Friday, July 18, 2008

My painting XXXI

18th July 2008

I begin to sense that my picture as it now creeps towards its eastward edge will, like a protracted game of patience, finally 'come out'. It seems to be heading for an equilibrium, a state not unlike a perpetuum mobile in music, where hidden symmetries might allow it to end without an end; capable of extension in all directions as I had hoped... an excerpt, for better or worse, of its own eternity.

If this is so it would represent for me a minor victory in that, after almost fifty years of failed attempts, I shall have transposed into a world of colour and paint what I have only been able to achieve in terms of virtually monochrome drawing.

The abstract adventure of which this is a part started within weeks of my leaving art school in the early sixties. I rented the dingy upstairs room in a humdrum terrace house in Shenley Road (Site 2 in 20 Sites n Years) where the kindly landlady, as well as giving me tea and biscuits twice a day (all for £1.50 a week), allowed me to leave the windows uncurtained.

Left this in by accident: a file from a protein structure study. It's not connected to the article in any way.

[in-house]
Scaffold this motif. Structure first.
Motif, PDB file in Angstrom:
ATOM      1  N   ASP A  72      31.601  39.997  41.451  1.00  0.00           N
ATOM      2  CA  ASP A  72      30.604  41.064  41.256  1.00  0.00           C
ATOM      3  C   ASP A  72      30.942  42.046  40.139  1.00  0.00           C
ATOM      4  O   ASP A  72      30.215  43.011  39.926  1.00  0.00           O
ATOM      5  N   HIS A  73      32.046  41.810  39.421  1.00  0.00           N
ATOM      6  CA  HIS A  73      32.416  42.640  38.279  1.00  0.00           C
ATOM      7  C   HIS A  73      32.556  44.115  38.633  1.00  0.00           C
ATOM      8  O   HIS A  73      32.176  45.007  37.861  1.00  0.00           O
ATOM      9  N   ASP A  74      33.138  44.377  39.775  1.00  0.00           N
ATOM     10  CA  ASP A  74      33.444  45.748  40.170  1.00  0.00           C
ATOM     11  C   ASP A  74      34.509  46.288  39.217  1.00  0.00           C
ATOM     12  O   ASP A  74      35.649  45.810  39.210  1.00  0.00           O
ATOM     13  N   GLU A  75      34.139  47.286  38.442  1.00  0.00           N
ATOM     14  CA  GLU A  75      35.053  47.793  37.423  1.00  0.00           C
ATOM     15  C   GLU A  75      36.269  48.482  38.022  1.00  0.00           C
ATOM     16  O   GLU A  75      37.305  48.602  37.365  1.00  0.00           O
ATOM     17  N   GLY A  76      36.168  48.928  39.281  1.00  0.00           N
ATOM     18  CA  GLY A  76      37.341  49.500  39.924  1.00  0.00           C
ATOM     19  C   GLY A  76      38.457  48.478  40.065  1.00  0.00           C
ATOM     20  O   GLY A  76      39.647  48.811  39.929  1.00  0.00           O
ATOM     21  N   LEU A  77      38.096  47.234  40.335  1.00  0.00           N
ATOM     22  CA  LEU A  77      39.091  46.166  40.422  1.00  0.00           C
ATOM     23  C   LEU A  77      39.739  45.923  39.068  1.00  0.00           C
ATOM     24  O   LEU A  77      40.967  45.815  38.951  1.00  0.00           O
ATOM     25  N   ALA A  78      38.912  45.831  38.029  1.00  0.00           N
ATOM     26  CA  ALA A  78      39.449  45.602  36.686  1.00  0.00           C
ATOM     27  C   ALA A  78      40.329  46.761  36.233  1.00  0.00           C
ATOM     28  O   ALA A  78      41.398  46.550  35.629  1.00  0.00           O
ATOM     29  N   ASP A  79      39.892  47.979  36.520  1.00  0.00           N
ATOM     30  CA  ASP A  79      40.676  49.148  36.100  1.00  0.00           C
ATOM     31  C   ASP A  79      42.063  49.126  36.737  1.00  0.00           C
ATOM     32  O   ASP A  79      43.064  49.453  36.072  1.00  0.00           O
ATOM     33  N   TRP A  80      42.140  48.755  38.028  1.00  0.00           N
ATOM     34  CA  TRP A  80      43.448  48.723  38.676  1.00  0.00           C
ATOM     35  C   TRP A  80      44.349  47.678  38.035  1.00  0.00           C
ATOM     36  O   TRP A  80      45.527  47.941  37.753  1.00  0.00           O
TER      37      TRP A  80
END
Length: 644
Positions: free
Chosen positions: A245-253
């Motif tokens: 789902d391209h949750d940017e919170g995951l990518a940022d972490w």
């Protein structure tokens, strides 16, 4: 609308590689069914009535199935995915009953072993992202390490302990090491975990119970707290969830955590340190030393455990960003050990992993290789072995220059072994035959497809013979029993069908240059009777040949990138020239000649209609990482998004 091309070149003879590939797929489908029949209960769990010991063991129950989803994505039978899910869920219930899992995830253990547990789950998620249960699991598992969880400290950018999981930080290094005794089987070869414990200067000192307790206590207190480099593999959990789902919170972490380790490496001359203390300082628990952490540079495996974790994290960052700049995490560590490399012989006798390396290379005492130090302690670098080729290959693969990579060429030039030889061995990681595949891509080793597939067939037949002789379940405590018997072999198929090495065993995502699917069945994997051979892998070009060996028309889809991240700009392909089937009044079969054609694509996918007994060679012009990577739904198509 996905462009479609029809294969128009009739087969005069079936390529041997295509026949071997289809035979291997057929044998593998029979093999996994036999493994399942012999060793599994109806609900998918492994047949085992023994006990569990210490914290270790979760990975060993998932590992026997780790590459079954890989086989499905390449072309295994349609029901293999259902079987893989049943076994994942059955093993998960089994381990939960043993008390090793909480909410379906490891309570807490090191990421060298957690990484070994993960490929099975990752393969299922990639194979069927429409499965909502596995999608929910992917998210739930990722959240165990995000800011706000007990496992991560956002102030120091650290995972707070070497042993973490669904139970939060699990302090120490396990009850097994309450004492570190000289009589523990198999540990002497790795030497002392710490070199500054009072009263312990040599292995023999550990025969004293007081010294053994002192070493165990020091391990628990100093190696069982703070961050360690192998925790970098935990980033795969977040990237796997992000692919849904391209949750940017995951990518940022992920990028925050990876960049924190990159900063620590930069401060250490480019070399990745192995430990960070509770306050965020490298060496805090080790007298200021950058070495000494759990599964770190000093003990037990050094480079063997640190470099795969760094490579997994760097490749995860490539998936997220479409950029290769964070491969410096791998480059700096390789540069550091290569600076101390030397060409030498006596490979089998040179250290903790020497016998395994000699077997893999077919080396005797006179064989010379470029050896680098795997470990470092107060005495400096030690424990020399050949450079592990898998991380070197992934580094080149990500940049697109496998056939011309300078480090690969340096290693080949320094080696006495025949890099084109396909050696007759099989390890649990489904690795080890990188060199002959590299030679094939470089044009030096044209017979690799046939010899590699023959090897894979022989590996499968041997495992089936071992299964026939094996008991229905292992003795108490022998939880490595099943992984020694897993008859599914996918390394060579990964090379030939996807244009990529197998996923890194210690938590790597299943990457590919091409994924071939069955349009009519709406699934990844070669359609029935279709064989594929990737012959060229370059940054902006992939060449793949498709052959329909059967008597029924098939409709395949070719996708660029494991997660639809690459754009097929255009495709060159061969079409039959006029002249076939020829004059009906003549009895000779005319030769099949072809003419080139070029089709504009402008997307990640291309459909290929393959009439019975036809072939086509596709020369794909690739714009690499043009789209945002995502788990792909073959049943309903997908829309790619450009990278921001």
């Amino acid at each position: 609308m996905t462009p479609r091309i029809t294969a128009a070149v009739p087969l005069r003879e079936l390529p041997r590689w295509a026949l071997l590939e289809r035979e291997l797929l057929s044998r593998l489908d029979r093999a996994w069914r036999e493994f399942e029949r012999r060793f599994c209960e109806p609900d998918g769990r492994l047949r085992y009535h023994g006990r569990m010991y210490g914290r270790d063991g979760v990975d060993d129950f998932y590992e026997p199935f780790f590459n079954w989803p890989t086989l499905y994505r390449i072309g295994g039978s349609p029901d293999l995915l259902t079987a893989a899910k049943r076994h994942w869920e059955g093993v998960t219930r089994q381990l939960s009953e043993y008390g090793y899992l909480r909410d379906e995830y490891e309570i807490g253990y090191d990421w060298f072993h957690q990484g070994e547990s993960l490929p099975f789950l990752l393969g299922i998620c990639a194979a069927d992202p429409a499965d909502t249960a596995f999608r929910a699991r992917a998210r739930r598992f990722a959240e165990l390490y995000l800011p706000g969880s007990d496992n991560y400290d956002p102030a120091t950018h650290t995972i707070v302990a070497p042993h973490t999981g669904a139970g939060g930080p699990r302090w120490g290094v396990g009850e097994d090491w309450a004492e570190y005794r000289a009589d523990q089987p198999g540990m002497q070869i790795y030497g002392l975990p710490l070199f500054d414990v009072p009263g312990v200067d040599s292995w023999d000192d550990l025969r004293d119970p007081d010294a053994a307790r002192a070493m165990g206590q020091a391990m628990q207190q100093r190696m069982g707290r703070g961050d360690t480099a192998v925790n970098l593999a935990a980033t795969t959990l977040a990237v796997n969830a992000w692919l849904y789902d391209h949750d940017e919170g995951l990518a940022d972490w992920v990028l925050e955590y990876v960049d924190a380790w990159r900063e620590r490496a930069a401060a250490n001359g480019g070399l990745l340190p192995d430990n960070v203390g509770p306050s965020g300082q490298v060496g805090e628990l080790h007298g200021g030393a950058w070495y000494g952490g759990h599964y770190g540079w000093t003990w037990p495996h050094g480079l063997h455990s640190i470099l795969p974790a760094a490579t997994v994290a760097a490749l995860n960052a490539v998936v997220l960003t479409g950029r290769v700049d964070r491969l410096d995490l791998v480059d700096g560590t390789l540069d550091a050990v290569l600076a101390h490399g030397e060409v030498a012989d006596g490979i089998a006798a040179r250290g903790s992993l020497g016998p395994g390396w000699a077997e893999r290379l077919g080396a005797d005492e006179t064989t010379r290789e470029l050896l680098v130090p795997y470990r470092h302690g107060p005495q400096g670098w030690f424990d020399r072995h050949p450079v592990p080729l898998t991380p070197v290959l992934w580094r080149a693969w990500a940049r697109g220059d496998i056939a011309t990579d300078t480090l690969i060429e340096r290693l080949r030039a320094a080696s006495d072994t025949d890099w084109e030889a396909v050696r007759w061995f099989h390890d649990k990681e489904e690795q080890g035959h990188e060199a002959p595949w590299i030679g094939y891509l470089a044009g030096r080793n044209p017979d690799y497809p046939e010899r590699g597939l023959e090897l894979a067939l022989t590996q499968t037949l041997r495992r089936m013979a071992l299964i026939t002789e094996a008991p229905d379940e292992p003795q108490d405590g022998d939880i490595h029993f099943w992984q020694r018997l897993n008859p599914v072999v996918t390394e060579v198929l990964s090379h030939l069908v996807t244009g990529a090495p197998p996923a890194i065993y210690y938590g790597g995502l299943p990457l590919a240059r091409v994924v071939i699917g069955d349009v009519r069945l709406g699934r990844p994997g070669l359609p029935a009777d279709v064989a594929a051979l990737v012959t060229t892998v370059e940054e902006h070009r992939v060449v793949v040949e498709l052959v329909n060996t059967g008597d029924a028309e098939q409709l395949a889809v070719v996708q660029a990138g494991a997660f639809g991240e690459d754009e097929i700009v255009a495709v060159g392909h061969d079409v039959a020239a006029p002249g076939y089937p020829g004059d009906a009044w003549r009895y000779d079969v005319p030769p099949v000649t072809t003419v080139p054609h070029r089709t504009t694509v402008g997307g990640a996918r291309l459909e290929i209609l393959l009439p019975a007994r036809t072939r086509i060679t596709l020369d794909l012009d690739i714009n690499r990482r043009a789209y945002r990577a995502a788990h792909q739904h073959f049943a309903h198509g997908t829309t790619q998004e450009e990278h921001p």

Shenley Road in 1973 and 2007.

The first work I started there was a drawing using those dialectical materials charcoal and an eraser, that had served me for endless hours of life studies. I wish I could remember how long I spent grinding away on what seemed to me then a large piece of good paper... certainly for more than a month. The paper seemed to know better what to do than I did. Two constraints were established: firstly that erasure is as much drawing as drawing is, and secondly that rubbing out, wiping down, redrawing gives three basic tones to work with (plus the tone of the paper itself). These elements, much transformed, also rule and inform the present painting.

Language drawing, charcoal, 1964. h50cm x w75cm.

Luckily (though it did not seem so at the time) the drawing remained, like everything else on show, unsold in my first exhibition in 1965. It hangs here in the bedroom still, the first thing I see every morning and the last thing I see each night. I miss it when it leaves the house to become part of a touring show.

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